It comes as no surprise then, that university rankings are being criticized for putting power, money, and class distinctions ahead of "real" values, such as teaching effectiveness, student learning and retention, and student satisfaction. The media defend the rankings, saying the results reflect measurable, objective criteria -- even though determining how much weight should be given to each aspect is still under debate. As it stands now, the media defend their methodology saying it reflects what is most important.
Is there anything positive about university rankings? The good news about university rankings is that it has done good things for smaller universities. Several schools that previously didn't make the cut are now ranking above some of the traditionally prestigious schools. While the ranking methods that help these smaller schools are the same flawed criteria, at least students have nevertheless benefited by being exposed to more postsecondary institutions to choose from.
Other sources Don't despair. University rankings are only one source of information. There are others that provide more balanced ratings and more relevant information for students. For example, Maclean's and The Globe and Mail have added supplemental information to their websites, incorporating students' own assessments of their schools. They also provide university ranking tools that allow students to select university performance criteria and weight them according to their preferences.
Universities have taken ranking into their own hands, too, conducting their own surveys and developing online tools to present information to prospective students. One example is The Common University Data Ontario (CUDO), developed by the Council of Ontario Universities and representing 18 Ontario universities. Each university conducts its own student surveys and presents the results together with general academic information on its own website. The kind of information you find on CUDO includes student satisfaction, tuition fees by program, and number of teaching faculty.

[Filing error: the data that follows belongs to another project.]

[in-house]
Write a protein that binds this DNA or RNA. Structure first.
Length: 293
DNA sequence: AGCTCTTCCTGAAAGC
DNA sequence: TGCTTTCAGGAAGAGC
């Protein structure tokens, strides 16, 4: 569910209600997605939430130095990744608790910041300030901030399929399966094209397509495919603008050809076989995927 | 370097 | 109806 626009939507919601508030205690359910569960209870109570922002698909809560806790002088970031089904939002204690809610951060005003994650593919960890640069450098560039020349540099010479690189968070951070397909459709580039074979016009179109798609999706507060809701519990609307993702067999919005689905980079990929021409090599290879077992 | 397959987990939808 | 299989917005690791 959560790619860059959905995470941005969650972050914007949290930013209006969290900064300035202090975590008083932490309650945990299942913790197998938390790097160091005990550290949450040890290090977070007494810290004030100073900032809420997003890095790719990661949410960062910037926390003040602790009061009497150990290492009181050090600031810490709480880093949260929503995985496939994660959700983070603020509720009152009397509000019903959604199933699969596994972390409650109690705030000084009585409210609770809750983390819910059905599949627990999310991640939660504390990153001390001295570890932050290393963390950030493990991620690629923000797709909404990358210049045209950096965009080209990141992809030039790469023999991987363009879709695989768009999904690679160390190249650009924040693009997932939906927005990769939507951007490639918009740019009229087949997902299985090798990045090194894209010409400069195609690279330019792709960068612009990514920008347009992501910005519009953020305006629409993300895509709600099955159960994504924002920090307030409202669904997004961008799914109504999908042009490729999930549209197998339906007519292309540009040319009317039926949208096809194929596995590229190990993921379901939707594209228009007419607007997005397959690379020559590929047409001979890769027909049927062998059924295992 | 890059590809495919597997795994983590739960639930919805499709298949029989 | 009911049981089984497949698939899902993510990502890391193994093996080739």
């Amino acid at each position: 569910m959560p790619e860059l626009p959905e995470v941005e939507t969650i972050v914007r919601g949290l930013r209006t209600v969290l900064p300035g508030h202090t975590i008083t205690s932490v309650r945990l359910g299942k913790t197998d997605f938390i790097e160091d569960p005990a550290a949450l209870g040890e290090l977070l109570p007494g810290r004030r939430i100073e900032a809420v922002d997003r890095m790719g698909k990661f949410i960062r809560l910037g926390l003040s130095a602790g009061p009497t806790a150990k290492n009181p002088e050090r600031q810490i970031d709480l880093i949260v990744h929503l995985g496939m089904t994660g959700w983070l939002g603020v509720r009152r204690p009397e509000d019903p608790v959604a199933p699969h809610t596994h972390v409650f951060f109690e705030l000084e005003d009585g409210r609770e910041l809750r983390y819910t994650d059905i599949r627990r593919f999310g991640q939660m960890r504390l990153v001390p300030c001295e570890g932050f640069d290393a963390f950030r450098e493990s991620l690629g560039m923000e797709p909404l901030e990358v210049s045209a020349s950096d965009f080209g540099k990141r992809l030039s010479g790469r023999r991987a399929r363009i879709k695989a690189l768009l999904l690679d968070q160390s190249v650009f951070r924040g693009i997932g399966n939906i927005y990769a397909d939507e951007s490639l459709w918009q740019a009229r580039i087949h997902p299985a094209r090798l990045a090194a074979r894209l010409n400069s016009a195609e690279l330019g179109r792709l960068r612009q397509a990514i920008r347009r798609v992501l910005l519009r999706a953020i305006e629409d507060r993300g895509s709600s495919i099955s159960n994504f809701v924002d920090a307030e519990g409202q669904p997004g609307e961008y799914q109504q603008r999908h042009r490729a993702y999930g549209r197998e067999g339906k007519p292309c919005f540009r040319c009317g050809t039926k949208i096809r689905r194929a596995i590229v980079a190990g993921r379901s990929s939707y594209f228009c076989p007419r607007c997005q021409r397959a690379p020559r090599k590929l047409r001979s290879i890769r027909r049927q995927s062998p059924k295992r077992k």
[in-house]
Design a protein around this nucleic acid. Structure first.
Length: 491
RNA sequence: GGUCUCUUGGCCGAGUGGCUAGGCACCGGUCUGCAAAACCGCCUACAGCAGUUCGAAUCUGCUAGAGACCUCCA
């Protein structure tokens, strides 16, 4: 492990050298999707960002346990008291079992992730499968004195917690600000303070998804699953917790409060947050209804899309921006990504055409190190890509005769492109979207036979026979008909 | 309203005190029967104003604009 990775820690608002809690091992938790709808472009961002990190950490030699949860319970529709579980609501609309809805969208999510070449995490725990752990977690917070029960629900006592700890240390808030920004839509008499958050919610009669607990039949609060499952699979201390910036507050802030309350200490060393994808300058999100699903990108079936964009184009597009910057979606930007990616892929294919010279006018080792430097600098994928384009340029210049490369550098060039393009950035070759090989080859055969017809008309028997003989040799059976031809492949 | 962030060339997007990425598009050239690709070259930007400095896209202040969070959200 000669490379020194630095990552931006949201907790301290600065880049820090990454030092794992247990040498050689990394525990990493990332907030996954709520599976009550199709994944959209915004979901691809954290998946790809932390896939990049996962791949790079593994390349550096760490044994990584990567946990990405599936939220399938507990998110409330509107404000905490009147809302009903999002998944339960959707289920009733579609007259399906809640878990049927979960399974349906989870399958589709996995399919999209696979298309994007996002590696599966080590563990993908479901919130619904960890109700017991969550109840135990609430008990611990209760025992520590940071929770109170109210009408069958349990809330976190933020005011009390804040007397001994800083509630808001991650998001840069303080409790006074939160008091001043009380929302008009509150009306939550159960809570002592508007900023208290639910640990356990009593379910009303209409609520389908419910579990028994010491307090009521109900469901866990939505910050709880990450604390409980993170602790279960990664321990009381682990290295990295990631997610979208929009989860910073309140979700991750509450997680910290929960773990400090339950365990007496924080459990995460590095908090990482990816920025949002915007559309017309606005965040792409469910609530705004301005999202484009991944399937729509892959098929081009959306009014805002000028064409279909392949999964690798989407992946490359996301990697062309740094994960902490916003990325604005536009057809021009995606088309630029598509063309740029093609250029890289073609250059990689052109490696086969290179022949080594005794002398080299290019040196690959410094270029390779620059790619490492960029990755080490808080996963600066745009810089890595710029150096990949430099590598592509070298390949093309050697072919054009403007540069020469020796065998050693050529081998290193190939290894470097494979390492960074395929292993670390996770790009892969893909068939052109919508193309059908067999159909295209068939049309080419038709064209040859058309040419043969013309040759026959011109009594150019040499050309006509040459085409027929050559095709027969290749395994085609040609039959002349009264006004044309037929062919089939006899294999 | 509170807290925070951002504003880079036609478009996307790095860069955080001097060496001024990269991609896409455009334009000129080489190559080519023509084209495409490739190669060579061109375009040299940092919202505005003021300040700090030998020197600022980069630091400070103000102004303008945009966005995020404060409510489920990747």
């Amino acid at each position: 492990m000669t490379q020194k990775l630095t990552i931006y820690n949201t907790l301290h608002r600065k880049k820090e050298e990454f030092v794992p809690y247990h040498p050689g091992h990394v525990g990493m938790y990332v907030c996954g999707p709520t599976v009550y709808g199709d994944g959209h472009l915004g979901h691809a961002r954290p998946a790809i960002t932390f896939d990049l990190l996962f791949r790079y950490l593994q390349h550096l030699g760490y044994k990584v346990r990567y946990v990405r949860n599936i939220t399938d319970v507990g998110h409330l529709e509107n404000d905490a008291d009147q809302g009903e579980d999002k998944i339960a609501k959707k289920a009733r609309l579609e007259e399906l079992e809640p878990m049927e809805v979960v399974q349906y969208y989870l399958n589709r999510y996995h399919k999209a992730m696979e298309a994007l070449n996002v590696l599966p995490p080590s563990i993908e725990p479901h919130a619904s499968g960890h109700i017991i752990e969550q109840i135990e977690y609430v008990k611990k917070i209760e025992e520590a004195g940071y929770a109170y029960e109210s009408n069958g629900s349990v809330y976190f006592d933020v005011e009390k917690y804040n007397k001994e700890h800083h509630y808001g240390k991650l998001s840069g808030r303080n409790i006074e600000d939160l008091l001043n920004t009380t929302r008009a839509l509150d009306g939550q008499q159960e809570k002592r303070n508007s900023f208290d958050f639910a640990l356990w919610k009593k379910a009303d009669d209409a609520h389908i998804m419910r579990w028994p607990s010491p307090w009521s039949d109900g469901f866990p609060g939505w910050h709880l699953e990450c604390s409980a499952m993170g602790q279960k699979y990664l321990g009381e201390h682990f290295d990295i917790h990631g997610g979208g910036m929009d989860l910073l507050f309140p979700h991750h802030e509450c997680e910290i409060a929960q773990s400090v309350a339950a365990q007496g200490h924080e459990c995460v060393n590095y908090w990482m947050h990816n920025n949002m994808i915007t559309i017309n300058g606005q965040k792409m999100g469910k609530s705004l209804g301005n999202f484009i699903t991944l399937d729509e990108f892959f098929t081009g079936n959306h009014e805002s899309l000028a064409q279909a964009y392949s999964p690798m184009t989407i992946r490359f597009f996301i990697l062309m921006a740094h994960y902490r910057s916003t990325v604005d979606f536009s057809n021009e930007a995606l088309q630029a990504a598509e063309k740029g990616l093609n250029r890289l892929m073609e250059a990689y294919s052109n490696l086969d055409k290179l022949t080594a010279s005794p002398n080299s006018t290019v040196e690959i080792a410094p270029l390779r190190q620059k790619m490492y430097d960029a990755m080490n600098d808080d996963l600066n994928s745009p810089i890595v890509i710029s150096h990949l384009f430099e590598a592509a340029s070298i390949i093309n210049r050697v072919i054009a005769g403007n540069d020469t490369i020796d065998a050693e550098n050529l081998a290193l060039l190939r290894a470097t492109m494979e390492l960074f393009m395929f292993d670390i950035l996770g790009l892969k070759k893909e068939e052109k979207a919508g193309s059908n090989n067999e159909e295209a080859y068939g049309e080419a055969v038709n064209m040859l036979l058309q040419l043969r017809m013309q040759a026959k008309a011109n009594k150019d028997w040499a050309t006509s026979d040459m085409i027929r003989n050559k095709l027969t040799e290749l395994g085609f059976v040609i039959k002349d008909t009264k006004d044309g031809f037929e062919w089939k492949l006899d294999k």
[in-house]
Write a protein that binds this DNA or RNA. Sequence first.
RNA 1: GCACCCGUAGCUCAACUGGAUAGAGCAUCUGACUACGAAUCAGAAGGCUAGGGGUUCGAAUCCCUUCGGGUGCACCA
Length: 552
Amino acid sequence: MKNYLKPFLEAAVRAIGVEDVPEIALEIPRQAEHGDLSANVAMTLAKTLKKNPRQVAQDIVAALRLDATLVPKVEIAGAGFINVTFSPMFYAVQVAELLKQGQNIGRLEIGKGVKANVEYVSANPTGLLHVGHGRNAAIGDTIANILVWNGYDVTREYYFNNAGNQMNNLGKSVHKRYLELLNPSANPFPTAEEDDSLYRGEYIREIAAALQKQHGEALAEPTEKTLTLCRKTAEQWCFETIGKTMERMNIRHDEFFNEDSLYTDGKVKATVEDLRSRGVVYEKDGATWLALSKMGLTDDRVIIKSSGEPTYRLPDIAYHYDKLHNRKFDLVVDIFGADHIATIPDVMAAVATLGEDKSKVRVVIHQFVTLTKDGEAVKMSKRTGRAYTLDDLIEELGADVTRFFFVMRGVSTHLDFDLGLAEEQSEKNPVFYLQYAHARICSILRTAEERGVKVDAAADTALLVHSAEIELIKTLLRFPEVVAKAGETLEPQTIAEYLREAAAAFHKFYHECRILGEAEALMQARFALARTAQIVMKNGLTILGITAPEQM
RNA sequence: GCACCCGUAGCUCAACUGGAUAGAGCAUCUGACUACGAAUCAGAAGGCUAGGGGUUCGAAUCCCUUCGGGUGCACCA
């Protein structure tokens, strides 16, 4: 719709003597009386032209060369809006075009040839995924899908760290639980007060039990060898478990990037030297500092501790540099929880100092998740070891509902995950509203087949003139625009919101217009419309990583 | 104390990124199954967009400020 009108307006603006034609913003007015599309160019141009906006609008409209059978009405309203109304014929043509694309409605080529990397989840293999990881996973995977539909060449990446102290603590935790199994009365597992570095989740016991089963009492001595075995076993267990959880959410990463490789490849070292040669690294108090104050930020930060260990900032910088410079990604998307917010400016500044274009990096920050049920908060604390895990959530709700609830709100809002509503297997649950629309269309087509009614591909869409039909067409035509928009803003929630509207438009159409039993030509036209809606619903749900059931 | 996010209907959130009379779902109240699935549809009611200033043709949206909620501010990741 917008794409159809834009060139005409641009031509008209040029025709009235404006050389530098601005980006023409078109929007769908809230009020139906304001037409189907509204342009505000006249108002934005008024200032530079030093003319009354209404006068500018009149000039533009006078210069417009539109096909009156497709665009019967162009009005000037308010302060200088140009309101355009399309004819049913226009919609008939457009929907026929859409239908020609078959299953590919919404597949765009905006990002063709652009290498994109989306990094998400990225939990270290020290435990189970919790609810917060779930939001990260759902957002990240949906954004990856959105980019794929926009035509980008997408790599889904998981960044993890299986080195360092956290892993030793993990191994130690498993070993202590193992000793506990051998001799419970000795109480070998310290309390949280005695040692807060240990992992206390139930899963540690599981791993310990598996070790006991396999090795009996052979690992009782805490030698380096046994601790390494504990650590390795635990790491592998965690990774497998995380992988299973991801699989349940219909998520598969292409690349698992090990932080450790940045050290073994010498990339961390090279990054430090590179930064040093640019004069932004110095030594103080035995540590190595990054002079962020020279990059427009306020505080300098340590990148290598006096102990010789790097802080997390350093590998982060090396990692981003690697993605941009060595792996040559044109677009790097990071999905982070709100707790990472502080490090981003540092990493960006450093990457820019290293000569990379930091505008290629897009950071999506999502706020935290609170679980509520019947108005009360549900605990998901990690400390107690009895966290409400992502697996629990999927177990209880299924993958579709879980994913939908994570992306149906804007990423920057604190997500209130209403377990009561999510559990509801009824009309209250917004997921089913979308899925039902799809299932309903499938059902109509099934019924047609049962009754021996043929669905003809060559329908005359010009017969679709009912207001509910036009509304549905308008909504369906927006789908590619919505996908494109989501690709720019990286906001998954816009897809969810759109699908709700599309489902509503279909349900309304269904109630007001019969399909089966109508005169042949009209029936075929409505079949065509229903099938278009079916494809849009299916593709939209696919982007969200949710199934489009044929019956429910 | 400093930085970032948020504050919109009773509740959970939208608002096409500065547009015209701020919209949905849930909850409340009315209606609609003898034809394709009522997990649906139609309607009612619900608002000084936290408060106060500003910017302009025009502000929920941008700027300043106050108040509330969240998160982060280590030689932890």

And, you can also turn to two prominent surveys commissioned by Canadian and U.S. colleges and universities-the National Survey of Student Engagement (NSSE) and the Canadian University Survey Consortium (CUSC). The NSSE compares performance across all universities in the U.S. and Canada in five key areas:
1) Level of Academic Challenge 2) Student-Faculty Interaction 3) Active and Collaborative Learning 4) Enriching Educational Experience
5) Supportive Campus Environment
The CUSC is a Canadian survey, and although similar to the NSSE in that it focuses on student reports, it differs in that it is mainly focused on student satisfaction. Both surveys are available online.
Taken together, these two surveys should give you a better feel for what the universities are like from a student's perspective academically and socially. Armed with these surveys and the new and evolving online resources and tools, you will be better prepared to make an informed decision about the path that will help you best meet your educational goals.